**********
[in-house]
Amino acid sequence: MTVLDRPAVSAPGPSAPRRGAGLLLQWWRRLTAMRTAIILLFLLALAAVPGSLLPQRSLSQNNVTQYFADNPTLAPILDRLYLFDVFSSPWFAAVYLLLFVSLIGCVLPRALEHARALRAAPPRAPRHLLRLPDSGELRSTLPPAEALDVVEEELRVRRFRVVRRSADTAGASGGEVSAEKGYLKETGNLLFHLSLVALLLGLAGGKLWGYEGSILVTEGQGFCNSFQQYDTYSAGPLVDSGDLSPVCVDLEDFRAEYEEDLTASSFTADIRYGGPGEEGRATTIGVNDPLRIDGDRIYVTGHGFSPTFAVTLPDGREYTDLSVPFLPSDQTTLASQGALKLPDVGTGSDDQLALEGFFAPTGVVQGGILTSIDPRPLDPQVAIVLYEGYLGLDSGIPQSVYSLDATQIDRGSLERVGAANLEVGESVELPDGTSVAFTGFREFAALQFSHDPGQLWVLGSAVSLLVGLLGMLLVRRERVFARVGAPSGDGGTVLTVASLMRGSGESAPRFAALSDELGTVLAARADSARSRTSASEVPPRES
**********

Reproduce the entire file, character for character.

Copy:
[in-house]
Amino acid sequence: MTVLDRPAVSAPGPSAPRRGAGLLLQWWRRLTAMRTAIILLFLLALAAVPGSLLPQRSLSQNNVTQYFADNPTLAPILDRLYLFDVFSSPWFAAVYLLLFVSLIGCVLPRALEHARALRAAPPRAPRHLLRLPDSGELRSTLPPAEALDVVEEELRVRRFRVVRRSADTAGASGGEVSAEKGYLKETGNLLFHLSLVALLLGLAGGKLWGYEGSILVTEGQGFCNSFQQYDTYSAGPLVDSGDLSPVCVDLEDFRAEYEEDLTASSFTADIRYGGPGEEGRATTIGVNDPLRIDGDRIYVTGHGFSPTFAVTLPDGREYTDLSVPFLPSDQTTLASQGALKLPDVGTGSDDQLALEGFFAPTGVVQGGILTSIDPRPLDPQVAIVLYEGYLGLDSGIPQSVYSLDATQIDRGSLERVGAANLEVGESVELPDGTSVAFTGFREFAALQFSHDPGQLWVLGSAVSLLVGLLGMLLVRRERVFARVGAPSGDGGTVLTVASLMRGSGESAPRFAALSDELGTVLAARADSARSRTSASEVPPRES